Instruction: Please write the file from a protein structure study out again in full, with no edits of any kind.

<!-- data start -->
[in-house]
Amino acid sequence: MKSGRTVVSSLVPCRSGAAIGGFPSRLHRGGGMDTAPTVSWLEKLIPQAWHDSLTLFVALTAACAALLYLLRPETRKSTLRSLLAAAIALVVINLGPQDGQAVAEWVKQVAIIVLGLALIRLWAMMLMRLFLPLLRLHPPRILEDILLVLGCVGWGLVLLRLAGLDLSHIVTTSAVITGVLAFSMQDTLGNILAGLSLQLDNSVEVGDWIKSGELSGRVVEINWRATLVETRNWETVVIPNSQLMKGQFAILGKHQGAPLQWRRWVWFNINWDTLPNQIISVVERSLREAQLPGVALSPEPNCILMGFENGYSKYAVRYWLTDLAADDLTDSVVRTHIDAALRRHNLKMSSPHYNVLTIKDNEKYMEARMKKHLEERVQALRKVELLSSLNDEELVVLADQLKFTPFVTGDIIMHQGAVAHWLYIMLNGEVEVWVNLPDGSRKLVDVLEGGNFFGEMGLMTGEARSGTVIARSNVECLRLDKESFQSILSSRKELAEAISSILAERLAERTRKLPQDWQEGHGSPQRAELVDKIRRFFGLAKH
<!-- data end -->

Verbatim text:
[in-house]
Amino acid sequence: MKSGRTVVSSLVPCRSGAAIGGFPSRLHRGGGMDTAPTVSWLEKLIPQAWHDSLTLFVALTAACAALLYLLRPETRKSTLRSLLAAAIALVVINLGPQDGQAVAEWVKQVAIIVLGLALIRLWAMMLMRLFLPLLRLHPPRILEDILLVLGCVGWGLVLLRLAGLDLSHIVTTSAVITGVLAFSMQDTLGNILAGLSLQLDNSVEVGDWIKSGELSGRVVEINWRATLVETRNWETVVIPNSQLMKGQFAILGKHQGAPLQWRRWVWFNINWDTLPNQIISVVERSLREAQLPGVALSPEPNCILMGFENGYSKYAVRYWLTDLAADDLTDSVVRTHIDAALRRHNLKMSSPHYNVLTIKDNEKYMEARMKKHLEERVQALRKVELLSSLNDEELVVLADQLKFTPFVTGDIIMHQGAVAHWLYIMLNGEVEVWVNLPDGSRKLVDVLEGGNFFGEMGLMTGEARSGTVIARSNVECLRLDKESFQSILSSRKELAEAISSILAERLAERTRKLPQDWQEGHGSPQRAELVDKIRRFFGLAKH